Please use this identifier to cite or link to this item: http://elea.unisa.it:8080/xmlui/handle/10556/227
Title: Forensic analysis for digital images
Authors: Cembalo, Maurizio
Napoli, Margherita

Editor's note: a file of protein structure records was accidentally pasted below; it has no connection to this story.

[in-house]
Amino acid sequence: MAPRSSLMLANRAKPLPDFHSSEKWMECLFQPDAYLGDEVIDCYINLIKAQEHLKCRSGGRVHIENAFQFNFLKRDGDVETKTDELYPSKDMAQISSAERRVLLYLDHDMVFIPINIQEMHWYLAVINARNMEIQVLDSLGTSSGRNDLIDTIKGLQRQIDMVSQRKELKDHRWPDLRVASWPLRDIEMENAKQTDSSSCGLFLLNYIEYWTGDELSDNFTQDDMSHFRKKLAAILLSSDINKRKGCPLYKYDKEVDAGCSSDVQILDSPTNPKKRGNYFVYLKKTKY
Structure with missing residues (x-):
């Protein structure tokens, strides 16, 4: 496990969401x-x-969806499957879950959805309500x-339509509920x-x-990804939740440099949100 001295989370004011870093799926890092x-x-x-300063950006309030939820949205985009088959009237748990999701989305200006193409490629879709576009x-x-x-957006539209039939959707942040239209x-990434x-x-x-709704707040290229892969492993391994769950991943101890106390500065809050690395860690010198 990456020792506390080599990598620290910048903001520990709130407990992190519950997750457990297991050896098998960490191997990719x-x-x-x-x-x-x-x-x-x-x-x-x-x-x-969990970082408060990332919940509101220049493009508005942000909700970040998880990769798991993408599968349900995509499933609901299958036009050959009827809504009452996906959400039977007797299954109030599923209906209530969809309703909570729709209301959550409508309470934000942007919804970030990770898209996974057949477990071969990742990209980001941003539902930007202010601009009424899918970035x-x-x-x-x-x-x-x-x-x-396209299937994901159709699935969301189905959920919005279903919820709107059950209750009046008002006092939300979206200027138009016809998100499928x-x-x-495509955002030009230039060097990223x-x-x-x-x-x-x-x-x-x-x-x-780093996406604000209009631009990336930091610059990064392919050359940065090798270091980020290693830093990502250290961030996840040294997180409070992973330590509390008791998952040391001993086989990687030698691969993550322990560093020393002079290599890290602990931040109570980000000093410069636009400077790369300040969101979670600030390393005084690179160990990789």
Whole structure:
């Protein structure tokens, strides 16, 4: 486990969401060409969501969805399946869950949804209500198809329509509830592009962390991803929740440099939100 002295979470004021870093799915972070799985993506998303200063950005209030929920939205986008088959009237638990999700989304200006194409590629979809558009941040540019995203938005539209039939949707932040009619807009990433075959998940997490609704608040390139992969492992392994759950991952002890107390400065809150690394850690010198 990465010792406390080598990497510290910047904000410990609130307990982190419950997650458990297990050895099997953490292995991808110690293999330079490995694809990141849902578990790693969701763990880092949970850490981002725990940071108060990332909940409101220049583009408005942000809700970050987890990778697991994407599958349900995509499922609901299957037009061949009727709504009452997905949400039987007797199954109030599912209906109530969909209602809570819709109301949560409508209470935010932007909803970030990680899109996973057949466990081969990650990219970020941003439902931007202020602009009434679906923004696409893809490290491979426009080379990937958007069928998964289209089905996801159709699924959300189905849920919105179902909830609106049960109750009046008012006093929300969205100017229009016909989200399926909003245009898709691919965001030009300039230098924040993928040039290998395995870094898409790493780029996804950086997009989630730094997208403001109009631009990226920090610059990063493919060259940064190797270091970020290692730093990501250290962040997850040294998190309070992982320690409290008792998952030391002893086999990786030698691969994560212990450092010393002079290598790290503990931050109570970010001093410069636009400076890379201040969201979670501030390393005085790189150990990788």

De Santis, Alfredo
Keywords: Forensis
Image
Identification
Issue Date: 23-Nov-2011
Publisher: Universita degli studi di Salerno